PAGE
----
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No lay-offs in Cranley's proposed "structurally balanced" budget

Jay Hanselman

Mayor John Cranley presented a new budget Wednesday morning which closes a $22 million budget hole without lay-offs of city employees.

Cranley, in a press conference at police headquarters, said the $358 million general fund budget, if passed by city council, would be the first structurally balanced city budget in more than a decade.

“No gimmicks, no on-time revenue streams,’’ Cranley said, surrounded by several city council members and representatives of the police and fire departments and city employee union officials.

City council must pass a new budget by the July 1, the beginning of the city’s fiscal year.

Cranley said that he expects council members to try to amend parts of his budget, but asked “that if they do, I only ask that those amendments be structurally balanced, meaning that if they propose new spending, they propose corresponding cuts.”

The new budget includes $21.6 million in budget reductions and $2.8 million in “revenue enhancements” – including new fees for such things as security alarm registrations and special event permits and increases in fees for building permits and fire safety inspections.

Casino money - $3 million worth - would be diverted from the capital budget to the general fund budget to help plug the gap.

It does not raise any city taxes.

“At long last, the budget puts our financial house in order,’’ said Cranley, a Democrat who was elected last fall on a promise to pass a structurally balanced budget without the use of one-time sources of funding, as has happened in past years.

The budget cuts include a 4.5 percent across the board cut in city departments, which will be achieved mostly through attrition.

It also includes a new 20 member recruit class that will be hitting the streets soon; and a 60 member police recruit class later in the year. It will also include money for police overtime for “hot spots” in the city.

“This budget refocuses city government on basic services, and invests in items like police and fire protection, repairing roads and funding projects in the neighborhoods,’’ Cranley said.

In addition, Cranley said his proposed budget would:

  • Prioritize basic services “by putting more money into road paving than ever before” and provide additional money for fixing potholes after “a long, hard winter.”
  • Keep open all of the city’s remaining swimming pools this summer;
  • Approve the 1.5 percent pay increase that was promised to non-safety unionized employees last year under the now-dead parking meter lease deal;
  • Include $2.5 million for the redevelopment of the College Hill business district; and include $900,000 for street improvement on Reading Road in Bond Hill near the former Showcase Cinemas site, which he said he hopes will become the new home of Catholic Health Partners.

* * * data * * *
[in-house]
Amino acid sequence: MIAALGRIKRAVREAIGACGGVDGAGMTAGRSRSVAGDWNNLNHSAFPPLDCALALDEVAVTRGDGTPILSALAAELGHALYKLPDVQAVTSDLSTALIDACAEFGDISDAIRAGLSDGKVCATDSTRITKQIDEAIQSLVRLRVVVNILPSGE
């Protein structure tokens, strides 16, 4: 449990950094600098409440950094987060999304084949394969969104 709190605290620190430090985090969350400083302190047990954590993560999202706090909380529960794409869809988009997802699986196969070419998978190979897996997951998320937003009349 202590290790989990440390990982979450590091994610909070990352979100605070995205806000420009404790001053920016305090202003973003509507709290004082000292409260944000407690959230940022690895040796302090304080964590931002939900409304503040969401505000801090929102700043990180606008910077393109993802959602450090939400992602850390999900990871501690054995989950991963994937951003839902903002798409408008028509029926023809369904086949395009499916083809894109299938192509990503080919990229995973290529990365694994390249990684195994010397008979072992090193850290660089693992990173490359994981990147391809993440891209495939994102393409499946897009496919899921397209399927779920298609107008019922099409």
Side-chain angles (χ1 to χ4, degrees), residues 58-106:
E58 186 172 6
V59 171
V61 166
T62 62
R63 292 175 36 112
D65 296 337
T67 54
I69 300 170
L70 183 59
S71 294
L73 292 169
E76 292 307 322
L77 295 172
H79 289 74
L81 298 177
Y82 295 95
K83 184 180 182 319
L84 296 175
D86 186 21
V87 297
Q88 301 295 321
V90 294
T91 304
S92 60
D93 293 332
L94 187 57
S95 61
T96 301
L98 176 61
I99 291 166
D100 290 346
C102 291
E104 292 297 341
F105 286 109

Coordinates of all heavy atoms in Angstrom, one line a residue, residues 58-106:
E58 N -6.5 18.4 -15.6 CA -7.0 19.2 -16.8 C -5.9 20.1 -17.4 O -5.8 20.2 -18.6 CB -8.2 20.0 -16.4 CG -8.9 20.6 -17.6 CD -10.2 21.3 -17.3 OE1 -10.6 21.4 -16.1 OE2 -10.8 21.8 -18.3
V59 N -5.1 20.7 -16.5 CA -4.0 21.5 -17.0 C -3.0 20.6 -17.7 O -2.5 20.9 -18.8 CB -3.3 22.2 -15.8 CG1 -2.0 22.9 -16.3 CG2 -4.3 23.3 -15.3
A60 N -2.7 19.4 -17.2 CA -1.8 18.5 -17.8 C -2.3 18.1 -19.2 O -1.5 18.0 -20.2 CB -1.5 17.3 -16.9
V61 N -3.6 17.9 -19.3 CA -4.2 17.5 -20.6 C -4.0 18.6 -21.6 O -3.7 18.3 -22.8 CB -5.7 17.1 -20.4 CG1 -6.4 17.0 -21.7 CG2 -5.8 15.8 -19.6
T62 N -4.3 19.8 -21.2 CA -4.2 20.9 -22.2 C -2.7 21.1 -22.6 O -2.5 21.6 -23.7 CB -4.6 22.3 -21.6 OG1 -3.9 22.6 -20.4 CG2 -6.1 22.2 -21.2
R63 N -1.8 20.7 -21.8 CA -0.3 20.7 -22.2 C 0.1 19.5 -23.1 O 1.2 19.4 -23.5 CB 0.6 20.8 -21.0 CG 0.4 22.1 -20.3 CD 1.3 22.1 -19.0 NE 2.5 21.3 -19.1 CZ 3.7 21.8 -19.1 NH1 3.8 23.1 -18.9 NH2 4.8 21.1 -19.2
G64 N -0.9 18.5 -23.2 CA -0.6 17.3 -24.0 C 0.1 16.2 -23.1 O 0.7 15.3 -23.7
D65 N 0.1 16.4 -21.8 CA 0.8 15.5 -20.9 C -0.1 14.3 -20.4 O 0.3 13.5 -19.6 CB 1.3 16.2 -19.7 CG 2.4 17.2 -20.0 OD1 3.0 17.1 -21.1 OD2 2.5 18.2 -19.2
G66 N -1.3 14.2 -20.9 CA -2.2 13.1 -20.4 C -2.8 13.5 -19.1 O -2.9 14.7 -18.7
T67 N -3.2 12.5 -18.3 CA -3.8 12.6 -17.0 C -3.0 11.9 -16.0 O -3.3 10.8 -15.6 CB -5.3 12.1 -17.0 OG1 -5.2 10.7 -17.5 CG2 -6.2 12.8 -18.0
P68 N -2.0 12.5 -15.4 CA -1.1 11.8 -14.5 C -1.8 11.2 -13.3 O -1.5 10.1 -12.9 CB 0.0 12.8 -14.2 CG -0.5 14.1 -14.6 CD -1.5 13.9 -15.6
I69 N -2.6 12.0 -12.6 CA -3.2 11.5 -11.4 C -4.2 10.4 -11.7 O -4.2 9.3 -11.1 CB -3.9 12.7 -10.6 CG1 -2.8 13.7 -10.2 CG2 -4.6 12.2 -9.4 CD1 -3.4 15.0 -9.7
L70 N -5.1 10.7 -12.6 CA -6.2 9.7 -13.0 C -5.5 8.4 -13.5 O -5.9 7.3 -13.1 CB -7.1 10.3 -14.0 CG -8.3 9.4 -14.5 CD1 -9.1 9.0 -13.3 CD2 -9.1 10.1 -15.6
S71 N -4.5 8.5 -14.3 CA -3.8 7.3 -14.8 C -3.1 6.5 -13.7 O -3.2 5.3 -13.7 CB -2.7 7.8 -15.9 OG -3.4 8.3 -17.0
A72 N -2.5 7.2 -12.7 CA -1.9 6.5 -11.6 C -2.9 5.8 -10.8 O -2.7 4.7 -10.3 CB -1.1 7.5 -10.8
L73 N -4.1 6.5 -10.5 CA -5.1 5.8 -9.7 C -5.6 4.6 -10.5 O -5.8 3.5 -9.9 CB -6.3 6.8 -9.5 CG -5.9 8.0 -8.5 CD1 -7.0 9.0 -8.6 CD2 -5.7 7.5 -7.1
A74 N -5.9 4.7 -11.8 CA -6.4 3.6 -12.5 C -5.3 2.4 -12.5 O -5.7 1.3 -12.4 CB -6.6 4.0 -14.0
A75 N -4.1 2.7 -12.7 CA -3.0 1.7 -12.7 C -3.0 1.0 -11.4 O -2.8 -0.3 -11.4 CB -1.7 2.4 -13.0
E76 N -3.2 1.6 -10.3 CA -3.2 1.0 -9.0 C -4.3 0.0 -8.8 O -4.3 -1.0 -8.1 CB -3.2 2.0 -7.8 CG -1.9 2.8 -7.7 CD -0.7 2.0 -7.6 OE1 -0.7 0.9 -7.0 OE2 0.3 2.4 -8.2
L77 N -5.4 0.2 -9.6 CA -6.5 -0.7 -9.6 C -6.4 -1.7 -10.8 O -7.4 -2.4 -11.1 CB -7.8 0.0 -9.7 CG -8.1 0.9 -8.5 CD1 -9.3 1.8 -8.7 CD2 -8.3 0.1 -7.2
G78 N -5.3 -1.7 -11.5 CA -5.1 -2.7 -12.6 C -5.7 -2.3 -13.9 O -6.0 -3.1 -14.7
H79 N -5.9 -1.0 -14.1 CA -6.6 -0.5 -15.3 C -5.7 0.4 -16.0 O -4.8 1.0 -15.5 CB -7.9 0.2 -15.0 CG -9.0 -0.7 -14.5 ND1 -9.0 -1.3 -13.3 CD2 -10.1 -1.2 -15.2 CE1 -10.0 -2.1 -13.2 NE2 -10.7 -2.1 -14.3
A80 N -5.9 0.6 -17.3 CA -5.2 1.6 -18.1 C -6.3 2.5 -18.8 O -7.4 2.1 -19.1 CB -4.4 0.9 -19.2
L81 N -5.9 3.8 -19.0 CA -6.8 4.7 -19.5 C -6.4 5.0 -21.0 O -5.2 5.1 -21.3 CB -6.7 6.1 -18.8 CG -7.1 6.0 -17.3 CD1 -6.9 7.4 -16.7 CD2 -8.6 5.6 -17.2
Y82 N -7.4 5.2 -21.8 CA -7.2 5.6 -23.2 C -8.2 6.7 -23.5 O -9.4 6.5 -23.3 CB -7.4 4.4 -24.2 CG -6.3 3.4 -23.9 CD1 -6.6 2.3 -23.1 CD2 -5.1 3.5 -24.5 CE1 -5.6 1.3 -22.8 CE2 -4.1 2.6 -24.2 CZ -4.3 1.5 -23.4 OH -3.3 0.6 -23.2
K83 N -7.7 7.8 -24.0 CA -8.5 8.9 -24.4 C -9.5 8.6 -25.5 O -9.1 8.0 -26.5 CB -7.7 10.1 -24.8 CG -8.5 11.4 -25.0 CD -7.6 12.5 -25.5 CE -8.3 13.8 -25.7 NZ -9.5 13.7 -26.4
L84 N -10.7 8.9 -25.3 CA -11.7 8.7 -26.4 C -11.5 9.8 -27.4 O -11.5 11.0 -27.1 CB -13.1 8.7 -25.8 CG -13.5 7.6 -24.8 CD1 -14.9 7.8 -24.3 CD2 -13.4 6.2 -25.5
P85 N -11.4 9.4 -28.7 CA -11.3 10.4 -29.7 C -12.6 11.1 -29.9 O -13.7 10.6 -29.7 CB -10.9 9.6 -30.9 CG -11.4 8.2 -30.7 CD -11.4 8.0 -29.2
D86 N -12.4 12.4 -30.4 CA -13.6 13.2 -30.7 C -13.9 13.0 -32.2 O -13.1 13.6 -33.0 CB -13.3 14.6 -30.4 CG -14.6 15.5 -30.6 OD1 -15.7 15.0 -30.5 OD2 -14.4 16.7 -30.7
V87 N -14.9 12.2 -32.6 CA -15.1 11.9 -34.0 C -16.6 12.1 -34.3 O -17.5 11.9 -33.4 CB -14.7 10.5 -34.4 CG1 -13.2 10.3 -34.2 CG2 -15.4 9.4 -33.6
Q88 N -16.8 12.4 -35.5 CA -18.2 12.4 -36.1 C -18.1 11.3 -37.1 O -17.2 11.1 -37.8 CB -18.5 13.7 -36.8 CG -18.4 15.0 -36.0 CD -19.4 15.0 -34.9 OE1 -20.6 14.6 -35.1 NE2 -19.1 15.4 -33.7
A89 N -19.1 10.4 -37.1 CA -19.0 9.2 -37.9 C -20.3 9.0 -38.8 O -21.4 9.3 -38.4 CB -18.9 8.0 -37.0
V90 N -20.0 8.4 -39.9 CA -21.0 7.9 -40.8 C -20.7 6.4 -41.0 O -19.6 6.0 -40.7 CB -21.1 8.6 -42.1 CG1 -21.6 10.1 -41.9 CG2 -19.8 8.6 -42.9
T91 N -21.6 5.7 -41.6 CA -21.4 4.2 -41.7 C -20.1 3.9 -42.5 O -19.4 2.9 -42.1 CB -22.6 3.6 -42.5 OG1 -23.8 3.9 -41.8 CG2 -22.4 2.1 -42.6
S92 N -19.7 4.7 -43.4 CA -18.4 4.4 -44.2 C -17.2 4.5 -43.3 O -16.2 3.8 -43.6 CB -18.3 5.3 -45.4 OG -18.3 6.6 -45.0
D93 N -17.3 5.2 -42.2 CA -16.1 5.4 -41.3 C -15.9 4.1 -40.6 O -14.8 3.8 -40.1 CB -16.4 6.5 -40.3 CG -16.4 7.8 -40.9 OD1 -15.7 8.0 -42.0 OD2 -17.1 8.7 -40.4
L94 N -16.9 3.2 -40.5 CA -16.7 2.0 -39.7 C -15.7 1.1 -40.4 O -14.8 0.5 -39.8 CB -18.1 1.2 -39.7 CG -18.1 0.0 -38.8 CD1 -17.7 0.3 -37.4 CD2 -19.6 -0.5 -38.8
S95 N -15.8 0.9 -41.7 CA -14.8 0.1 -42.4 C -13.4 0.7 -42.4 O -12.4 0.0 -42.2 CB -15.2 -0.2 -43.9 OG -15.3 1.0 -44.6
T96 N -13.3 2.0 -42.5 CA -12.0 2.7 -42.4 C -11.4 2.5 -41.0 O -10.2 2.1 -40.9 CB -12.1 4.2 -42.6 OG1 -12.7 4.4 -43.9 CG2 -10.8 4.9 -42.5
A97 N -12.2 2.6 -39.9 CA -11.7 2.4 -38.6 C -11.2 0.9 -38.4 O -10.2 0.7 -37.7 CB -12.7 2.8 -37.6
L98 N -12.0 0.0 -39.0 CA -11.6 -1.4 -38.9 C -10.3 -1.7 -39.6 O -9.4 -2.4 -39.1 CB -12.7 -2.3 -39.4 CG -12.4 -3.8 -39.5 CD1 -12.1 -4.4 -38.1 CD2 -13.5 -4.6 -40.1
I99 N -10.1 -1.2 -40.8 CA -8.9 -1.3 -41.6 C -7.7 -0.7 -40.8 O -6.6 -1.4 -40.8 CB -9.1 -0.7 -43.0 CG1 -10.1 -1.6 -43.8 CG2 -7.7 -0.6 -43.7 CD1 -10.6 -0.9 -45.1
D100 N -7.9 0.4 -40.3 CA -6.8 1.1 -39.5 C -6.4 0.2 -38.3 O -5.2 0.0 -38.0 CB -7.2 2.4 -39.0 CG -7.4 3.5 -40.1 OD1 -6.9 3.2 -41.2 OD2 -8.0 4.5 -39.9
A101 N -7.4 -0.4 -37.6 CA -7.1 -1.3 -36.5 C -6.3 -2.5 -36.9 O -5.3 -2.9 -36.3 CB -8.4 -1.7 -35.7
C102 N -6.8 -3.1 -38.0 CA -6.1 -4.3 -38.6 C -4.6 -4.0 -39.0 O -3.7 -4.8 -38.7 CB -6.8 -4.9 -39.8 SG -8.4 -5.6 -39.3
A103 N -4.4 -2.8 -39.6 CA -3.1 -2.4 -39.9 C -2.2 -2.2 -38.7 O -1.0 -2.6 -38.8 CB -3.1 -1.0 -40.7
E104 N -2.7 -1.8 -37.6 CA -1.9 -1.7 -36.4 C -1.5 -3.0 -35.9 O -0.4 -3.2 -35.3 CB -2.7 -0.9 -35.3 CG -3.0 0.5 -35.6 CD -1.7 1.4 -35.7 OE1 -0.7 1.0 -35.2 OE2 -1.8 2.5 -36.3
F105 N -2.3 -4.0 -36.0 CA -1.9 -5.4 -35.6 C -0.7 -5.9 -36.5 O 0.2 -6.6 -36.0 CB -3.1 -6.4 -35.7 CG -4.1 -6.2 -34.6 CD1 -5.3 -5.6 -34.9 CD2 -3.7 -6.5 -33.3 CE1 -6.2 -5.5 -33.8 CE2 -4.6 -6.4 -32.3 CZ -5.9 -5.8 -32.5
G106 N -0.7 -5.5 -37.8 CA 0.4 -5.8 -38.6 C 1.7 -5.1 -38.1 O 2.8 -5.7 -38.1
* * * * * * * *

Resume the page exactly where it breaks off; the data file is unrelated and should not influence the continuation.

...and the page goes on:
Nearly a third of the projected $22 million budget deficit is gained by reducing the city’s employer contribution to the city employees’ retirement system, which he said would result in a savings of $7 million.
He is also counting on mediation with city employee unions to allow $100 million to be taken from the health trust fund.

“It’s funded at $600 million right now; and even the unions have agreed that it is overfunded,’’ Cranley told WVXU.

Currently, the city entered into mediation with employees and retirees that is overseen by U.S. District Court Judge Michael Barrett to find a long-term solution to the city’s pension woes. It has an $829 million unfunded liability and is only 63.2 percent funded.

That was a major reason two bond rating firms, Standard & Poor’s  and Moody’s, lowered the city’s bond rating from “AA” to “AA-".

Cranley told WVXU that he believes the mediation and a budget that will increase city funding of the pension system will improve the city’s bond rating.

The mayor told WVXU Interim City Manager Scott Stiles delivered his version of the city budget to the mayor’s office Tuesday. Although he had 15 days under the charter to make revisions and present a budget to council, Cranley made his changes quickly and unveiled his budget less than 24 hours after receiving a budget document from Stiles.

“I got it from Scott yesterday, but we have been working together on this for months,’’ Cranley said.

Three council members were present at Tuesday’s budget unveiling – Vice mayor David Mann and council members Christopher Smitherman and Kevin Flynn.

Flynn said he will study the proposal, but had a generally positive reaction.

“I’m very encouraged by what (Cranley) said today, but this is just the beginning of the process,’’ Flynn said.

The mayor's proposed budget now goes to the city's Budget and Finance Committee, which is made up of all nine members of council.

Republican council member Charlie Winburn, who chairs the committee, called it a "wonderful budget" at Wednesday's council meeting.

"I wanted some more deeper cuts, but, you know what, it's not about me, it's about the team,'' Winburn said, referring to council. "What I like about this budget is it is a 2015 budget that doesn't cause anxiety among police and city employees."

Democrat Chris Seelbach, who has clashed with Cranley on some issues, said at the council meeting that he appreciates the fact that the mayor's budget does not include the threat of layoffs.

"It's not perfect; and there may be changes we can make, but I must say I am pleasantly surprised,'' Seelbach said.